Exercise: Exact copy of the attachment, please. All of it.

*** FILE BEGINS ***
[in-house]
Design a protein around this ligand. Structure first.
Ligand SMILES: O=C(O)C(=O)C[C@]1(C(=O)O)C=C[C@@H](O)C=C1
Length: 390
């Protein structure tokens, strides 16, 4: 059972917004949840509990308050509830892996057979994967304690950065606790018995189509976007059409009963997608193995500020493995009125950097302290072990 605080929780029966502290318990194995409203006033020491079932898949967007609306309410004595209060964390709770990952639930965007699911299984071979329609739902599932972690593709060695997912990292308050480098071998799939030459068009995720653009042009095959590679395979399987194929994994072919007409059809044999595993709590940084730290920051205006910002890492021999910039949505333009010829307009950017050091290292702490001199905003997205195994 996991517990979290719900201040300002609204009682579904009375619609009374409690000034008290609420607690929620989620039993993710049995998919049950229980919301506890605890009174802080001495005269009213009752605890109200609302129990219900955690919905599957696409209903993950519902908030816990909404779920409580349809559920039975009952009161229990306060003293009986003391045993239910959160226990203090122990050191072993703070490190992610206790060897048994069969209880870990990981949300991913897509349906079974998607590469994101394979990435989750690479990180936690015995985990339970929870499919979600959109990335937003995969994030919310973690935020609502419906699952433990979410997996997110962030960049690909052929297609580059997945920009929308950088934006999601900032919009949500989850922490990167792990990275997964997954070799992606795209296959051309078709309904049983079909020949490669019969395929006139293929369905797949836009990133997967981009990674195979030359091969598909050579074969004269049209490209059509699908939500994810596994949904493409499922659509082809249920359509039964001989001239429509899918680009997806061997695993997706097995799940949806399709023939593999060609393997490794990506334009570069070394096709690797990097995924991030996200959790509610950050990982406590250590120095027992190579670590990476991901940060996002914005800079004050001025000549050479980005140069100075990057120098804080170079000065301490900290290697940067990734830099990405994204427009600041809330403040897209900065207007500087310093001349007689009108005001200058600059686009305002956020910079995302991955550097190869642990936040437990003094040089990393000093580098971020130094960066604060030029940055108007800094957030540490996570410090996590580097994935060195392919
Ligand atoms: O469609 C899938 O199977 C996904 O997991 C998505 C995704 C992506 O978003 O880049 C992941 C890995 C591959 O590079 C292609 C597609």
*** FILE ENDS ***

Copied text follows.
[in-house]
Design a protein around this ligand. Structure first.
Ligand SMILES: O=C(O)C(=O)C[C@]1(C(=O)O)C=C[C@@H](O)C=C1
Length: 390
């Protein structure tokens, strides 16, 4: 059972917004949840509990308050509830892996057979994967304690950065606790018995189509976007059409009963997608193995500020493995009125950097302290072990 605080929780029966502290318990194995409203006033020491079932898949967007609306309410004595209060964390709770990952639930965007699911299984071979329609739902599932972690593709060695997912990292308050480098071998799939030459068009995720653009042009095959590679395979399987194929994994072919007409059809044999595993709590940084730290920051205006910002890492021999910039949505333009010829307009950017050091290292702490001199905003997205195994 996991517990979290719900201040300002609204009682579904009375619609009374409690000034008290609420607690929620989620039993993710049995998919049950229980919301506890605890009174802080001495005269009213009752605890109200609302129990219900955690919905599957696409209903993950519902908030816990909404779920409580349809559920039975009952009161229990306060003293009986003391045993239910959160226990203090122990050191072993703070490190992610206790060897048994069969209880870990990981949300991913897509349906079974998607590469994101394979990435989750690479990180936690015995985990339970929870499919979600959109990335937003995969994030919310973690935020609502419906699952433990979410997996997110962030960049690909052929297609580059997945920009929308950088934006999601900032919009949500989850922490990167792990990275997964997954070799992606795209296959051309078709309904049983079909020949490669019969395929006139293929369905797949836009990133997967981009990674195979030359091969598909050579074969004269049209490209059509699908939500994810596994949904493409499922659509082809249920359509039964001989001239429509899918680009997806061997695993997706097995799940949806399709023939593999060609393997490794990506334009570069070394096709690797990097995924991030996200959790509610950050990982406590250590120095027992190579670590990476991901940060996002914005800079004050001025000549050479980005140069100075990057120098804080170079000065301490900290290697940067990734830099990405994204427009600041809330403040897209900065207007500087310093001349007689009108005001200058600059686009305002956020910079995302991955550097190869642990936040437990003094040089990393000093580098971020130094960066604060030029940055108007800094957030540490996570410090996590580097994935060195392919
Ligand atoms: O469609 C899938 O199977 C996904 O997991 C998505 C995704 C992506 O978003 O880049 C992941 C890995 C591959 O590079 C292609 C597609």